Linked by Thom Holwerda on Tue 12th Mar 2013 22:35 UTC
Games "In all the fuss and mess of the disastrous SimCity launch, one refrain has been repeated again and again. While legions may be begging for an offline mode, EA representatives have been abundantly clear that this simply isn't possible. Maxis' studio head, Lucy Bradshaw, has told both Polygon and Kotaku that they 'offload a significant amount of the calculations to our servers', and that it would take 'a significant amount of engineering work from our team to rewrite the game' for single player. A SimCity developer has got in touch with RPS to tell us that at least the first of these statements is not true. He claimed that the server is not handling calculations for non-social aspects of running the game, and that engineering a single-player mode would require minimal effort." This keeps getting worse and worse for EA. It's also clear that Maxis' own developers are not happy with EA's meddling.
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RE[2]: The way to win
by drcoldfoot on Wed 13th Mar 2013 01:31 UTC in reply to "RE: The way to win"
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Quite simply it costs money. Pure Open source gaming, as a whole, is quite inferior to their commercial counterparts. Commercial gaming companies use commercial products that has licensing costs that far exceeds an ordinary person's budget. We're talking programs such as Autodesk's Maya, Qualoth, SideFx's Houdini, The Foundry's Nuke, and all the other smalltime outfits that have special niche SW for modelling lighting, animation, and rendering, etc.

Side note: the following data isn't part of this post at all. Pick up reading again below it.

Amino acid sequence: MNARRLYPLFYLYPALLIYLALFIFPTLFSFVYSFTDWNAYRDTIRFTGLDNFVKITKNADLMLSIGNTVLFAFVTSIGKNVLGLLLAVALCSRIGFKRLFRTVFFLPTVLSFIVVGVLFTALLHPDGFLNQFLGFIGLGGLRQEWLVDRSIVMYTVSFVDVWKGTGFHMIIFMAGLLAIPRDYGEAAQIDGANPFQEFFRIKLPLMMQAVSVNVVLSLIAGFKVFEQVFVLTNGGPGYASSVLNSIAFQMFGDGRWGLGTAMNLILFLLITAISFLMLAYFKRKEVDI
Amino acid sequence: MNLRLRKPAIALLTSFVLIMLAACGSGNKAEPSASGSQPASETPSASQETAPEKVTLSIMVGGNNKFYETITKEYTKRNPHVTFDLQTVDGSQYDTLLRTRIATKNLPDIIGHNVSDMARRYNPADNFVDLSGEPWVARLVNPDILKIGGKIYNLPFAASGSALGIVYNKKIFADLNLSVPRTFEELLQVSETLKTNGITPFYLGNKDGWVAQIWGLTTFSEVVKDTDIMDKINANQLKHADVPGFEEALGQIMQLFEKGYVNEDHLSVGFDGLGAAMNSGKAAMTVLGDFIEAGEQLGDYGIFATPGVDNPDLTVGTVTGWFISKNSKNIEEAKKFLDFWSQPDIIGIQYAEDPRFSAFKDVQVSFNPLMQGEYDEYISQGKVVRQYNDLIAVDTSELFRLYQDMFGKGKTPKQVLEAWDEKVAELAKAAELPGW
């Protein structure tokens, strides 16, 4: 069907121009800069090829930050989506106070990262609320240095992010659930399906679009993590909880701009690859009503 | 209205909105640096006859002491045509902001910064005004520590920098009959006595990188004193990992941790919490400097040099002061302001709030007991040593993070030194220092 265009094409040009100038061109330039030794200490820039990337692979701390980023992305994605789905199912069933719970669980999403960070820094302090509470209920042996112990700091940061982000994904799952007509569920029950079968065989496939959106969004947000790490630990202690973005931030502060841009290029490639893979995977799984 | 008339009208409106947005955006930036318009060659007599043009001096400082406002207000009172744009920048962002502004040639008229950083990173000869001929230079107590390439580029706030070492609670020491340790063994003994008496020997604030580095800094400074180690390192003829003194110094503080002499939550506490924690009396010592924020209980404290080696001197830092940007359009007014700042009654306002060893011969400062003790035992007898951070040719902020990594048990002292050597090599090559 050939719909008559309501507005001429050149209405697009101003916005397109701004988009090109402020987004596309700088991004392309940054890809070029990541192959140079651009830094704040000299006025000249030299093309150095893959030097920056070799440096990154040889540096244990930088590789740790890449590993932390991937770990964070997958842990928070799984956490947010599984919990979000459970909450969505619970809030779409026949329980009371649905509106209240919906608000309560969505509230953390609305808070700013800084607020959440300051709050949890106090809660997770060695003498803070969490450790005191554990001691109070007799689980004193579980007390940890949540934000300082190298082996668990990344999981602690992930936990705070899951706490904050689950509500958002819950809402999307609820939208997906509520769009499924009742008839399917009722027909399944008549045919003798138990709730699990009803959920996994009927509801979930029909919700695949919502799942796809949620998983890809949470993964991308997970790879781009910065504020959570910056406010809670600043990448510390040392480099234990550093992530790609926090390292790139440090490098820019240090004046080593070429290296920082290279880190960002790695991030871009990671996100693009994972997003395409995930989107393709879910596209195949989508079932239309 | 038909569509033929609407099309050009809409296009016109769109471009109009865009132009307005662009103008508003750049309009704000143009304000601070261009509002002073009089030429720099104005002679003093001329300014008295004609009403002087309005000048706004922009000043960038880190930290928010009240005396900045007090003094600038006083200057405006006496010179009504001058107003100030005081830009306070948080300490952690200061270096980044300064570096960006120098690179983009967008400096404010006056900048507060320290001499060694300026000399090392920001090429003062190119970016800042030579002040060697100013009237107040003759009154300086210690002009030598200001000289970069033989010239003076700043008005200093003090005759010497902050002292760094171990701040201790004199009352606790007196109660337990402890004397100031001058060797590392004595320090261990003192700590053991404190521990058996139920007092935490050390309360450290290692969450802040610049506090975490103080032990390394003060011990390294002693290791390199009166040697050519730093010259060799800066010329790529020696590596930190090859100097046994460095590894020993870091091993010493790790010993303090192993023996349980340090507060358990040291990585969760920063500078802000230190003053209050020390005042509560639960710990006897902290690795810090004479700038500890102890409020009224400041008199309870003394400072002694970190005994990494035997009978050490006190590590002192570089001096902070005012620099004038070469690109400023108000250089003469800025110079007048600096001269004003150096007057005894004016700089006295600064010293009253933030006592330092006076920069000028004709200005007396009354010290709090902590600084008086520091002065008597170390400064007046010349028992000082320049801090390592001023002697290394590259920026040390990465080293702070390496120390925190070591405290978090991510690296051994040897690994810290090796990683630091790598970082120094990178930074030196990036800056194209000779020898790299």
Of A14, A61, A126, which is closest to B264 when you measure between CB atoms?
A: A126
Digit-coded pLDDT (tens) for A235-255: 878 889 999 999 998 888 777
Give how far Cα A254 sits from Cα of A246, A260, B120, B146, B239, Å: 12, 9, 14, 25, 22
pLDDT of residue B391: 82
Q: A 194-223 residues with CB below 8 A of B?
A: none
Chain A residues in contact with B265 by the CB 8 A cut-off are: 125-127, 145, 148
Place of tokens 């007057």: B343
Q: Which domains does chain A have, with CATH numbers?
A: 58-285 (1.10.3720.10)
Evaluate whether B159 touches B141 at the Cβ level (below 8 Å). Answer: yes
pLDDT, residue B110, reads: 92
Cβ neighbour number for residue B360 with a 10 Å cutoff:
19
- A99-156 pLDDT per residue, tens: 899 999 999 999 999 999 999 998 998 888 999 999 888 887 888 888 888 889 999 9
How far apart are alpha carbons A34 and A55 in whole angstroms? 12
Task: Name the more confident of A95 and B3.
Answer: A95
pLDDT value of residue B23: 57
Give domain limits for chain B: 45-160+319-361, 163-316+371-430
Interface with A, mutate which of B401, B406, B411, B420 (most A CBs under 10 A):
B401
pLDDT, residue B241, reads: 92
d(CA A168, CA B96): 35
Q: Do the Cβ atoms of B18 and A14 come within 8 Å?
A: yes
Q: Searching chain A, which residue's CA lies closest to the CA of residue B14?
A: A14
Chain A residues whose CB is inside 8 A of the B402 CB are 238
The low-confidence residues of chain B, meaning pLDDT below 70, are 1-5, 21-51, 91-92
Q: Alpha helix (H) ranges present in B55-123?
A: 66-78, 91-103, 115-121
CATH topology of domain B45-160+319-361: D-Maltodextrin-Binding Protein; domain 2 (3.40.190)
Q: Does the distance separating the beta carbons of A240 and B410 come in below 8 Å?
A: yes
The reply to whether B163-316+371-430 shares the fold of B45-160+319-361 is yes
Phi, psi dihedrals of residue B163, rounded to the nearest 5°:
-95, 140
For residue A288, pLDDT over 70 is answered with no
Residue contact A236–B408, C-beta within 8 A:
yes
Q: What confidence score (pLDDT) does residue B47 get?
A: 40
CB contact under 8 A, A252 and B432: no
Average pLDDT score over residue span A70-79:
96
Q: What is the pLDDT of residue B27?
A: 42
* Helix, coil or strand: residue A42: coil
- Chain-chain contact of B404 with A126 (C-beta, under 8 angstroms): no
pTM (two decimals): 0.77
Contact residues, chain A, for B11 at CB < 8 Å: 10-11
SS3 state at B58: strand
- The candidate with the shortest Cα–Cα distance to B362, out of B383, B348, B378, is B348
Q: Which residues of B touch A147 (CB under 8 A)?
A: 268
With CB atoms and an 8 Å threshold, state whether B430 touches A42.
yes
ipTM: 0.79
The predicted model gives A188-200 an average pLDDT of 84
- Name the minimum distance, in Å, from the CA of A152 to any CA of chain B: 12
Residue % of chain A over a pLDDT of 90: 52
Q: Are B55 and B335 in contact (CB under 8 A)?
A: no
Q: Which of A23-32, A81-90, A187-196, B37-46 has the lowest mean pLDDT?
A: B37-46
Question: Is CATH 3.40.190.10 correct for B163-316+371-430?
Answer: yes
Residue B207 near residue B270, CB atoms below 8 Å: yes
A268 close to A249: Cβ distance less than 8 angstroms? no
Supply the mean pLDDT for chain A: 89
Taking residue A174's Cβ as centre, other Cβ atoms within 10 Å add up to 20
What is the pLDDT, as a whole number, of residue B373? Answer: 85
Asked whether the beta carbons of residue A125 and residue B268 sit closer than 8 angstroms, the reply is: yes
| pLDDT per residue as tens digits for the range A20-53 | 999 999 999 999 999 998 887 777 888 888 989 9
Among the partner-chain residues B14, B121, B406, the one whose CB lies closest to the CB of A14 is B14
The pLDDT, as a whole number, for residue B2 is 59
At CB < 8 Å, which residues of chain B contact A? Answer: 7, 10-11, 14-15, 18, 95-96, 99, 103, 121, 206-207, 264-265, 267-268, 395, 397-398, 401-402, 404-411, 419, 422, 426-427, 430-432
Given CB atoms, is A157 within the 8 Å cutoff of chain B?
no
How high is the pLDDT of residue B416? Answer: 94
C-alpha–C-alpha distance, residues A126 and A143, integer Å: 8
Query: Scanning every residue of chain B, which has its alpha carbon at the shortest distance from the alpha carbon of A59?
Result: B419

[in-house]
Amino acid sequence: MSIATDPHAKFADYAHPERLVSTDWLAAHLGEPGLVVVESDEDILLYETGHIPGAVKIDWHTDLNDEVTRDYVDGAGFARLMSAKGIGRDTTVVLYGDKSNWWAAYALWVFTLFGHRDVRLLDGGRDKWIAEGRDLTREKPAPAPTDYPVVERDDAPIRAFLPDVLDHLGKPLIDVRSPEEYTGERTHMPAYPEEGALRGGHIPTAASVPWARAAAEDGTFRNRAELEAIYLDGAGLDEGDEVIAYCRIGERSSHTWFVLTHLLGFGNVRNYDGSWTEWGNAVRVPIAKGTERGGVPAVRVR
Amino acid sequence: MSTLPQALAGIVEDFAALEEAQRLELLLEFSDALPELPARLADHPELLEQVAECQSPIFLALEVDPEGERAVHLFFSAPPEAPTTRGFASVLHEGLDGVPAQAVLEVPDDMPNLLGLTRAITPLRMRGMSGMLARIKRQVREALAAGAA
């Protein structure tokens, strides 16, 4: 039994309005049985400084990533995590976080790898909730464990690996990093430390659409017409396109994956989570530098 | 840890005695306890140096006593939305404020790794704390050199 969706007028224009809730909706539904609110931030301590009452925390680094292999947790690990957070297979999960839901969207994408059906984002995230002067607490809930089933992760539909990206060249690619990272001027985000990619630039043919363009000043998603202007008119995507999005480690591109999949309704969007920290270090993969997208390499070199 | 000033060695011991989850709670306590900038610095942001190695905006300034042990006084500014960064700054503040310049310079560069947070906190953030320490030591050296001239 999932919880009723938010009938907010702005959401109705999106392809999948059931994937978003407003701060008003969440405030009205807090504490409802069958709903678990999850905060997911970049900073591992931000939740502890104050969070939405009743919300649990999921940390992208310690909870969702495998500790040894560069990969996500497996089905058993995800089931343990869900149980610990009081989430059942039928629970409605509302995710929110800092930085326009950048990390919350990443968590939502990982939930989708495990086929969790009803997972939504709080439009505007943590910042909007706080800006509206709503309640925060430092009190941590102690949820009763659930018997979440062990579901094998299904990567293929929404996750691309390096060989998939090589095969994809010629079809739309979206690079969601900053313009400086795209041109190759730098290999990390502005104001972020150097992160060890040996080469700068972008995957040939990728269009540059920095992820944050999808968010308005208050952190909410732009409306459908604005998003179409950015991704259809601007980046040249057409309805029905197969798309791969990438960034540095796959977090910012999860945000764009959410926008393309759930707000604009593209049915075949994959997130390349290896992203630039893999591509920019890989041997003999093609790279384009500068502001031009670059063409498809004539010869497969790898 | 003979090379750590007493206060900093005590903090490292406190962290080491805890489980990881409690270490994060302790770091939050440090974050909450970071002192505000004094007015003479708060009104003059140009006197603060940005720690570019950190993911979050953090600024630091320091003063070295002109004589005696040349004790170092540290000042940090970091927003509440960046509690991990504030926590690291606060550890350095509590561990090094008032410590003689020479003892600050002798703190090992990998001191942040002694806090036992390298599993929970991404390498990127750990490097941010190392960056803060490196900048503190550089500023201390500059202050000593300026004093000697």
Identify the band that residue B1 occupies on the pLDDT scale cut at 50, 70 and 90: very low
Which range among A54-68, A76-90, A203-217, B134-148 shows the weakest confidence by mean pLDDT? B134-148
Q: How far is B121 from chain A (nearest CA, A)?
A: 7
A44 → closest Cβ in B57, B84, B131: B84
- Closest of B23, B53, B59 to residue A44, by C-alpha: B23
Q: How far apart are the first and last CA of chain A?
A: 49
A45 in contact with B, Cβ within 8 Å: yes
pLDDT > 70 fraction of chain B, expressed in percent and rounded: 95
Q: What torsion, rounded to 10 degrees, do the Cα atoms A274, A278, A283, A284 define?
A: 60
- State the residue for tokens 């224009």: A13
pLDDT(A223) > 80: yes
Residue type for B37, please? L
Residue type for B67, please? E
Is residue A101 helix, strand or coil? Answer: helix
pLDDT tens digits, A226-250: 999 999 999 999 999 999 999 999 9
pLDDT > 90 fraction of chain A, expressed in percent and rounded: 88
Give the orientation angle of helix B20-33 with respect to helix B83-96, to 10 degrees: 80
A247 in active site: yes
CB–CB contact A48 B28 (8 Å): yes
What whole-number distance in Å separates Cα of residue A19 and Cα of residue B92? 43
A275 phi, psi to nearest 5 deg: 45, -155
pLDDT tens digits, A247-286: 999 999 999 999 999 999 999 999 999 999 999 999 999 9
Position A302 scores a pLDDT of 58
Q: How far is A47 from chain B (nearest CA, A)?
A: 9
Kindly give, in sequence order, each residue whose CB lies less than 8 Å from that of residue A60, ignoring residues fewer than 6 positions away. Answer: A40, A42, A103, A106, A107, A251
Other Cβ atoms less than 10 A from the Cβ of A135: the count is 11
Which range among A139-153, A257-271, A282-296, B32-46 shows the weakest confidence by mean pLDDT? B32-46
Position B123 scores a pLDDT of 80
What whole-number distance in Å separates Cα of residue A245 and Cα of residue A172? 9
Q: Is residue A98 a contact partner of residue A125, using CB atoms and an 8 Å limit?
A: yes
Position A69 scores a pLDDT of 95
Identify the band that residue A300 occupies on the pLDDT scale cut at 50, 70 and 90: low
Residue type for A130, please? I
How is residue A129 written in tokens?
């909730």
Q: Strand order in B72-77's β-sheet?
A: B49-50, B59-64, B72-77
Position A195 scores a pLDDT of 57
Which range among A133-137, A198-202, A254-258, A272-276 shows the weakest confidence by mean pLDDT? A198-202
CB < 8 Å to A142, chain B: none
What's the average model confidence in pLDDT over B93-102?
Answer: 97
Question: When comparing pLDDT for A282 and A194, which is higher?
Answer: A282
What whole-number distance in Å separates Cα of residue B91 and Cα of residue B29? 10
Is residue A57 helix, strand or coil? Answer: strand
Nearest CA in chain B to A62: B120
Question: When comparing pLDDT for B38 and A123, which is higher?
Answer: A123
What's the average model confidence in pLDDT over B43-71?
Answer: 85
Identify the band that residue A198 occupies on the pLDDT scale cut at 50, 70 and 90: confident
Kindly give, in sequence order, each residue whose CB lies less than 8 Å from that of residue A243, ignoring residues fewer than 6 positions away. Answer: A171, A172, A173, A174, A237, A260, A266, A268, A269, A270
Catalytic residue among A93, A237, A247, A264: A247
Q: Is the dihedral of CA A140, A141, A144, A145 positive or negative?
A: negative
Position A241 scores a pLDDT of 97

In the case of a successful Sim City clone, just to enable the multiplayer aspects, you'll need hosting, maintenance, paid staff to maintain, etc. So the costs are steep.

I would encourage an open source hybrid game. The software is free, but to access the cloudbased multiplayer aspects, you would need paid access and closed source binary connector that would handle security, paid, non-intrusive ads, etc. The proceeds would encourage capitalism, while keeping the project and structure of the game alive. The same foundation can work on other games as well, since games come and go like a fart in the wind. I know I may be missing some more aspects of game making, but the jist of it are there. This is not to discourage the investigation of open source games. Some are quite good, such as Xonotic (Formerly Nexuiz). But the fact of the matter is, that in order to create games that are on par with commercial counterparts, would require a professional infrastructure, SW, resources, management, workflow, etc. The work would also have to be done in an efficient, and expedient manner, since the pace of gaming fads change so frequently.

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